Once in charge, one of the first things these new execution-oriented CEOs do is to get rid of the chaos and turbulence of their organizations. Execution CEOs value stability and reproducible processes. On one hand, that’s fantastic to promote predictability, but on the other hand, it often also ignites a creative death spiral in which creative employees start to leave the company in search of a new environment. This culture shift ripples from the top down, and what once felt like a company on a mission to change the world now feels like any other job.
The parallels between Gates and Ballmer and Jobs and Cook are eerie. Apple under Cook has doubled its revenue to $200 billion while doubling profit and tripling the amount of cash it has in the bank (now a quarter of a trillion dollars). The iPhone continues its annual upgrades with incremental improvements. Yet in five years the only truly new product that’s managed to ship is the Apple Watch. And somehow, with 115,000 employees, Apple can barely get annual updates out for its laptops and desktop computers.
But the world is about to disrupt Apple in the same way that it disrupted Microsoft. Apple brilliantly mastered user interface and product design to fuel the iPhone’s rise to dominance. But Google and Amazon are betting that the next wave of computing products will be AI-directed services—machine intelligence driving apps and hardware. Think of Amazon Alexa, Google Home, and Assistant, all powered by smart, conversational artificial intelligence; most of these products will belong to a new class of devices scattered around your house, not just on your phone. It’s possible that betting on the phone as the platform for conversational AI may not be the winning hand.
It’s not that Apple doesn’t have any irons in the fire in conversational AI—heck, Siri was one of the first. It also has autonomous car projects, AI-based speakers, and augmented- and virtual-reality labs. The problem is that a supply chain CEO who lacks a passion for products and has yet to articulate a personal vision for Apple is ill-equipped to make the right calls to bring a revolutionary product to market.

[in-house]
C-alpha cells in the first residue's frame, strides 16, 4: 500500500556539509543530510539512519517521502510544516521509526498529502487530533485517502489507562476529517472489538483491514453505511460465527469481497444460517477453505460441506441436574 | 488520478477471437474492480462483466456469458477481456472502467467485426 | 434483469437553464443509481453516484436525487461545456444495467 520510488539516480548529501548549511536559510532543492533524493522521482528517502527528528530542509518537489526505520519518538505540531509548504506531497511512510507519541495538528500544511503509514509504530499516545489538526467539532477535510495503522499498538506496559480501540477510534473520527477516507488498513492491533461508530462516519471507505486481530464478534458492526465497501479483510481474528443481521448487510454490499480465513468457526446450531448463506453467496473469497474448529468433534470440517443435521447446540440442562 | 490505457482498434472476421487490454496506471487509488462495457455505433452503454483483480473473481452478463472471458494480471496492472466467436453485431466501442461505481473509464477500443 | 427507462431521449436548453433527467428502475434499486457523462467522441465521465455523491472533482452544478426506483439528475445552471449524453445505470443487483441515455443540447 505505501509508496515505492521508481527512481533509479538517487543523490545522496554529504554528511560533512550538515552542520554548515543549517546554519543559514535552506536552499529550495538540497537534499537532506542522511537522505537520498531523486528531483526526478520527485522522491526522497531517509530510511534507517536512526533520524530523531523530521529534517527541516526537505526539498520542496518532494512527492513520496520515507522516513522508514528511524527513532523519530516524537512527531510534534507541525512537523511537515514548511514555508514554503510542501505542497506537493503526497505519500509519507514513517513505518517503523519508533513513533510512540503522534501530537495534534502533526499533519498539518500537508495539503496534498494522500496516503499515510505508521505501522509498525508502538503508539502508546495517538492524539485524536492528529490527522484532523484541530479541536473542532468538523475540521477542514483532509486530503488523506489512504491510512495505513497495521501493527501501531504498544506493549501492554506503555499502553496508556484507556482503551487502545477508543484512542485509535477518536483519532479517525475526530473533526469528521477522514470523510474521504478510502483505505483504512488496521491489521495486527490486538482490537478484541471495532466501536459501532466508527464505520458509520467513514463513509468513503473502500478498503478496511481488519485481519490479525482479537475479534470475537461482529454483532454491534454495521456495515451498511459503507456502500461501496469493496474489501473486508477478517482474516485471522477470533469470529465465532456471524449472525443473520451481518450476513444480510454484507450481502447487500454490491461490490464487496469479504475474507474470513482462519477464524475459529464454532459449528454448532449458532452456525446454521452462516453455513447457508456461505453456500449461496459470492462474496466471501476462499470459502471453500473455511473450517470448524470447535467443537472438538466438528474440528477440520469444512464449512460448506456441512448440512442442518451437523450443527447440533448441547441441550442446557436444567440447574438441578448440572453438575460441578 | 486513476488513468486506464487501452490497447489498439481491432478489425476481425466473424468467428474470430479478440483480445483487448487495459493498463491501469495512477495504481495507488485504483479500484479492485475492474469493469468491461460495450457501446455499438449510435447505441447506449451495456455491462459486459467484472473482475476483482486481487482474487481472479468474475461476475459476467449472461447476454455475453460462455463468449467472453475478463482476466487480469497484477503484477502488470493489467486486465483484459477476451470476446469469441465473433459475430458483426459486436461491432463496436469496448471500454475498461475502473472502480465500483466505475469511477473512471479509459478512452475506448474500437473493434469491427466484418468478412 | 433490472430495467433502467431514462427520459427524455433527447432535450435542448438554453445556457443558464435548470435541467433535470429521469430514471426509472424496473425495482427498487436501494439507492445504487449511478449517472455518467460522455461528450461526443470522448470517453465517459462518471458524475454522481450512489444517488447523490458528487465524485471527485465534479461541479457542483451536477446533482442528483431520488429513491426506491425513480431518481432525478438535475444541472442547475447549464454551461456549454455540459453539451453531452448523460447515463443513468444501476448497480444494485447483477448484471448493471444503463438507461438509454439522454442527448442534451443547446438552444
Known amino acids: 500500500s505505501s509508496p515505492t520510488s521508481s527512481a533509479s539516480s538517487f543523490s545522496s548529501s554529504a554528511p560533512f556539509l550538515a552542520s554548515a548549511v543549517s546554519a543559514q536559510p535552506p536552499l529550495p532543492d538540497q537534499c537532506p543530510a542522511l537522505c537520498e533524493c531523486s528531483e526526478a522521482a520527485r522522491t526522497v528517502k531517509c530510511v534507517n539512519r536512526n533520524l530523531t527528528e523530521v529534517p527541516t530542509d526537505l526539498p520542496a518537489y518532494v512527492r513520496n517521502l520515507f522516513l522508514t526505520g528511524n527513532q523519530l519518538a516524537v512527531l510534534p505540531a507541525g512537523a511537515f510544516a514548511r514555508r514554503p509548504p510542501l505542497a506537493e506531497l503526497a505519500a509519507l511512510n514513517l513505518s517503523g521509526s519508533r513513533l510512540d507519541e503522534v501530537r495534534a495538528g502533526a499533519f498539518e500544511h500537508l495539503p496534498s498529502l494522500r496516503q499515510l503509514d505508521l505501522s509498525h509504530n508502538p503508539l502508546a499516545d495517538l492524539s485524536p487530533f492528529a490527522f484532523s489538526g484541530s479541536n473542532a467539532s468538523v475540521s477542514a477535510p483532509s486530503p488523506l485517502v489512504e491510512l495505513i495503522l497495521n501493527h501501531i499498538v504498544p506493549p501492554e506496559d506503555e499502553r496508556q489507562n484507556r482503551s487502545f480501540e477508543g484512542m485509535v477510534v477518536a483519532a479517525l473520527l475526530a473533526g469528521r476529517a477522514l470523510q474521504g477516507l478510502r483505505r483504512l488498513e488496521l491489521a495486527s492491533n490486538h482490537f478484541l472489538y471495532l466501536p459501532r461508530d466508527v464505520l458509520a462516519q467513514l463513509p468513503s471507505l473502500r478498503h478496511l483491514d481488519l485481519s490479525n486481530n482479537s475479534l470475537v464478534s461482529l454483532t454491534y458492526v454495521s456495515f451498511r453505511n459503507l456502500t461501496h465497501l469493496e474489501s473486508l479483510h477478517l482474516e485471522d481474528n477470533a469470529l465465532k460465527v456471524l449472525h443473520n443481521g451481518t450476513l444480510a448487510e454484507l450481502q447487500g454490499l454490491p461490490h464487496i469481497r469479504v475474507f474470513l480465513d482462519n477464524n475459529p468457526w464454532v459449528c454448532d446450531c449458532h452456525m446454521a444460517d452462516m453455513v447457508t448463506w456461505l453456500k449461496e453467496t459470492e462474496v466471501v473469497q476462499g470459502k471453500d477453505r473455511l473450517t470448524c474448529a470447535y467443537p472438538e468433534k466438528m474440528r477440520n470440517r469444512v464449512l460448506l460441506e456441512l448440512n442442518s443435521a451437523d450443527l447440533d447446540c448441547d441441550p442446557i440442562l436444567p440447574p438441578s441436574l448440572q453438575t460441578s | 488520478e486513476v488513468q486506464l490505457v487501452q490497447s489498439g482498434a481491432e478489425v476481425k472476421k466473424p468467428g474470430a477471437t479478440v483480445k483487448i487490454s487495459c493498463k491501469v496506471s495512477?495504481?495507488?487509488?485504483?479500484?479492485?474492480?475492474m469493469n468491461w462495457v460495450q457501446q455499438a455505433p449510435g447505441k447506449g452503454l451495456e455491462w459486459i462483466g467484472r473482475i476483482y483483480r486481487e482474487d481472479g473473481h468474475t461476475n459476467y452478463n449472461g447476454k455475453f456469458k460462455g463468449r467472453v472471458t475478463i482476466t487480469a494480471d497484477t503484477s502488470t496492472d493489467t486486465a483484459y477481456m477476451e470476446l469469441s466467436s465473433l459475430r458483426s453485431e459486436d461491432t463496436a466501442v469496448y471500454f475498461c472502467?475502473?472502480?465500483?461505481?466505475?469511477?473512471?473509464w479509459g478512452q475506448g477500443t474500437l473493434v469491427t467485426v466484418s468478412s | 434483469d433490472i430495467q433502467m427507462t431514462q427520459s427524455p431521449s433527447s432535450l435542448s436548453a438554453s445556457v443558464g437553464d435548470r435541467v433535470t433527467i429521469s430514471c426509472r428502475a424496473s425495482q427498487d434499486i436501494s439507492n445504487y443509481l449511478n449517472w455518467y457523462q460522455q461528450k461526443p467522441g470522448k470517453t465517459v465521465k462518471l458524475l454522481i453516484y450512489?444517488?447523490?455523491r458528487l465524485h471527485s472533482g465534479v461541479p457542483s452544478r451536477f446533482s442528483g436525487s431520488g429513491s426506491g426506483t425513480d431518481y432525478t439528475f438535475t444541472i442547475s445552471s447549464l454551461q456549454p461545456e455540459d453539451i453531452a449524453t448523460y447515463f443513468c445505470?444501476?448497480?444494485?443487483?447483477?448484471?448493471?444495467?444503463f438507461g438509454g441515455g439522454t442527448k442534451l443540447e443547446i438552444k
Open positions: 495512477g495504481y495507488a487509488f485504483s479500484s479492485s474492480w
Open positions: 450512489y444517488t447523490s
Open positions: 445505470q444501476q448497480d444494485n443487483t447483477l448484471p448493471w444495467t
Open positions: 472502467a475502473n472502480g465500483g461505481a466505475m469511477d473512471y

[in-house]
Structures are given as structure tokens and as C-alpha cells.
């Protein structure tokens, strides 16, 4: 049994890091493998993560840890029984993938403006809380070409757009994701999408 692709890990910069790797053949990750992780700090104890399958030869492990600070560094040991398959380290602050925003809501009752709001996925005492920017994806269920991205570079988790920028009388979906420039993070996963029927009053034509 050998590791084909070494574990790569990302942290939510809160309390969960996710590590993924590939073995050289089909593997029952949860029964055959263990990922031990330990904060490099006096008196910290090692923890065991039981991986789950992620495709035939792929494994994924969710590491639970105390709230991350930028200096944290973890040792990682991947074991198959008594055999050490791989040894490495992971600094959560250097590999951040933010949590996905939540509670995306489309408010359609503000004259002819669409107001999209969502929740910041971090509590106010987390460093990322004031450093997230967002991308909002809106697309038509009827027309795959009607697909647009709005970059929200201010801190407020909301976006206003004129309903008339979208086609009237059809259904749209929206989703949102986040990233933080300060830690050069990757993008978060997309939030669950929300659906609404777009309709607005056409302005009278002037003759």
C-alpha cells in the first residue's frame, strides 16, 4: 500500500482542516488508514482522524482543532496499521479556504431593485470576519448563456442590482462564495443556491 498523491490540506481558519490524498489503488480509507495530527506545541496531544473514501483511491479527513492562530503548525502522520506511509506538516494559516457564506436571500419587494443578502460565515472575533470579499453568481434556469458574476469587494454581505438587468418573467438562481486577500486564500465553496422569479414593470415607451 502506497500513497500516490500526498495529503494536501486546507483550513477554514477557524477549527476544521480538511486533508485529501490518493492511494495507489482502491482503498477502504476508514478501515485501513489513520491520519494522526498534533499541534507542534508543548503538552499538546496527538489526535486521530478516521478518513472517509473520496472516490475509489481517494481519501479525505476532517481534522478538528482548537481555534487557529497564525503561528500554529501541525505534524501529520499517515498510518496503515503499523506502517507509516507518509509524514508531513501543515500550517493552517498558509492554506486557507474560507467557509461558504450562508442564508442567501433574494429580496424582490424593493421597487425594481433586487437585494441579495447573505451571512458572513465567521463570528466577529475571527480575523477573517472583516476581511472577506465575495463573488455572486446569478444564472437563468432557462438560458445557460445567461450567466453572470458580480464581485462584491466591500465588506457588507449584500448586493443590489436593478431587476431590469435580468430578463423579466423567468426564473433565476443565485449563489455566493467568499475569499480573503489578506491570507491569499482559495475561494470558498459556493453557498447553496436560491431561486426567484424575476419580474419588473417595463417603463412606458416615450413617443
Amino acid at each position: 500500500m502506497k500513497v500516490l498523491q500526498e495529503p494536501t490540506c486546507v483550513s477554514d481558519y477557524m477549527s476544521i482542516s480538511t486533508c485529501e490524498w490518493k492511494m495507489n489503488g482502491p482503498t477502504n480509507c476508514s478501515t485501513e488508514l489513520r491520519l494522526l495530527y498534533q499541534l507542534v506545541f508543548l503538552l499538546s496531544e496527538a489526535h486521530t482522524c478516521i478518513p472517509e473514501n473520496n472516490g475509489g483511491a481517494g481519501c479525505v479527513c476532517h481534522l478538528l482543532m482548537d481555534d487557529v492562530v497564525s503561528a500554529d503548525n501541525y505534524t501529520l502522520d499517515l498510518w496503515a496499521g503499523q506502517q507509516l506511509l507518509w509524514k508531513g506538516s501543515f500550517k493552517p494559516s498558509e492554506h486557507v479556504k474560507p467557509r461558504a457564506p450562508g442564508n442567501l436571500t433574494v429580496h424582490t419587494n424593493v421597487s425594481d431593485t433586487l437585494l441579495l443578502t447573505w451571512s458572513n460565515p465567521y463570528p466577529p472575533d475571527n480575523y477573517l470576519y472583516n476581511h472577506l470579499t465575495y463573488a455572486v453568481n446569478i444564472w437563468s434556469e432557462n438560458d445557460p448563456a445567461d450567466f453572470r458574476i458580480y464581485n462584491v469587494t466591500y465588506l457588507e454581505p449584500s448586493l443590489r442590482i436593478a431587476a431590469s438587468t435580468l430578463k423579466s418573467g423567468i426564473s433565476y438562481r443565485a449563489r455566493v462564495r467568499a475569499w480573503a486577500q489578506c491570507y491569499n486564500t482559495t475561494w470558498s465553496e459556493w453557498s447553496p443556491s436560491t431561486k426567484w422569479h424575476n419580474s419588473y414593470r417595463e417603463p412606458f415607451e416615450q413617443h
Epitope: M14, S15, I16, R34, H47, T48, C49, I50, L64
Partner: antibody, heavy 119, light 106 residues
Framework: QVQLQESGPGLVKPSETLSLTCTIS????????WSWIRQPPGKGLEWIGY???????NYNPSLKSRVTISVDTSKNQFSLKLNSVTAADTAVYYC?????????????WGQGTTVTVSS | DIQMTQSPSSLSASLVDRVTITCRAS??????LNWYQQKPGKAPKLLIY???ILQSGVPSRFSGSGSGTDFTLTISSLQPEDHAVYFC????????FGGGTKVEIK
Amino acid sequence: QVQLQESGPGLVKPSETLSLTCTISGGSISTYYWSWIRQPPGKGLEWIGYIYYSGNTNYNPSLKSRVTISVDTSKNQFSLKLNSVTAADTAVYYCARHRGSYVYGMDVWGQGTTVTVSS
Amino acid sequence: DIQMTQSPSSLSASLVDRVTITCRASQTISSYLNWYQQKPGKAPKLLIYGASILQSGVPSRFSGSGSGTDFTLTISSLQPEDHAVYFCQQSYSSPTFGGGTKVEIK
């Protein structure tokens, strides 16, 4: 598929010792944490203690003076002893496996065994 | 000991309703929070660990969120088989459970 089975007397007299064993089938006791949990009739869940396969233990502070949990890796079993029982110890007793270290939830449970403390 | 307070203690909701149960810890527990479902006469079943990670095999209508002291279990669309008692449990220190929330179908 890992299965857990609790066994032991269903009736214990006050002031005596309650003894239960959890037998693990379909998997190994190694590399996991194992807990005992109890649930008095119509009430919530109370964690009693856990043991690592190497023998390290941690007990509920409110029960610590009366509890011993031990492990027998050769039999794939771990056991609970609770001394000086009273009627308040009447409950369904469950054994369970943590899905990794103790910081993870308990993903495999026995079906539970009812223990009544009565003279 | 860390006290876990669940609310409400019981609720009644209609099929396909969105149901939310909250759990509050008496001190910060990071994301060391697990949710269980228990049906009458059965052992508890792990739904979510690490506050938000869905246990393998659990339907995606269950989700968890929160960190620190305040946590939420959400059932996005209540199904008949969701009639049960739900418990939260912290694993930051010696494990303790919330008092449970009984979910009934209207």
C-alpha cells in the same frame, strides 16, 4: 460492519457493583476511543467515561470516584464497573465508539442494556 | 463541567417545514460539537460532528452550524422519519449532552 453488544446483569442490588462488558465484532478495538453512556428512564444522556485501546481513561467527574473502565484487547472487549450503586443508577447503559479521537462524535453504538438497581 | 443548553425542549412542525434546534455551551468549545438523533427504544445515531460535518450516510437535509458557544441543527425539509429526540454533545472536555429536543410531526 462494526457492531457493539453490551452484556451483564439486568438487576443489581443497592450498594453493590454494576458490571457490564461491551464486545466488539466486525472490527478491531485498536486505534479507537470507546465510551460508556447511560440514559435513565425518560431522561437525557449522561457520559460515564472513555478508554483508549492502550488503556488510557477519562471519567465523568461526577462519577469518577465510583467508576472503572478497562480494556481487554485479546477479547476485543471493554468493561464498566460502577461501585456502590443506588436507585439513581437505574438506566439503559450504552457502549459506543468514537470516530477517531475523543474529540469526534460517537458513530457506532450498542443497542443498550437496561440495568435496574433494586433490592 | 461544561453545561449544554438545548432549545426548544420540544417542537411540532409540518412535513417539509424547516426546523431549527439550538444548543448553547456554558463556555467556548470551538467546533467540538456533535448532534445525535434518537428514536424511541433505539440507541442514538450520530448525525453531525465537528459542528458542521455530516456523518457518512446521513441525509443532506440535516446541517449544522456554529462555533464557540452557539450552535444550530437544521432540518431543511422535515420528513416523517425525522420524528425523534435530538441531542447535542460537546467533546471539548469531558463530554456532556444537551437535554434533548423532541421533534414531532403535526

Challenges for a board of directors in the 21st century
The dilemma facing the boards at Microsoft, Apple, or any company on the departure of an innovative CEO is strategic: Do they still want to be a innovative, risk taking company, or do they want to focus on the execution of core business models, reducing risky bets and maximizing shareholder return?
Steve Jobs and Bill Gates (as well as the 20th century’s other creative icon, Walt Disney) shared the same blind spot: They suggested execution executives as their successors. They confused world-class execution with a passion for products, customer experience, and market insight. One reason is that if a board of directors decides its company needs another innovator at the helm, you can almost guarantee that the company’s best executor—the No. 2 or 3 vice president in the company—will leave feeling overlooked. Now the board is faced with not only having lost its CEO, but potentially the best of its executive staff.
But as companies grow larger and management falls prey to the fallacy that only need to maximize shareholders’ short-term return on investment, companies become risk averse. Large companies and their boards live in fear of losing what they spent years gaining (customers, market share, revenue, profits). This may work for some stable markets and technologies. But very few of those remain today.
In a startup, the board of directors realizes that risk is the nature of new ventures and innovation is why they exist. On day one there are no customers to lose, no revenue and profits to decline. Instead there is everything to gain. In contrast, large companies are often risk-averse engines—they are executing a repeatable and scalable business model that spins out the short-term dividends, revenue, and profits that the stock market rewards. And an increasing share price becomes the reason for existing. The irony is that in the 21st century, the tighter you hold on to your current product/markets, the likelier you will be disrupted. (As articulated in the classic Clayton Christensen book The Innovators Dilemma, in industries with rapid technology or market shifts, disruption cannot be ignored.)
Increasingly, a hands-on product/customer, and business model-centric CEO with an entrepreneurial vision of the future may be the difference between market dominance and Chapter 11. In these industries, disruption will create opportunities that force “bet the company” decisions about product direction, markets, pricing, supply chain, operations, and the reorganization necessary to execute a new business model. At the end of the day, CEOs who survive embrace innovation, communicate a new vision, and build management to execute the vision.
This post originally appeared at SteveBlank.com.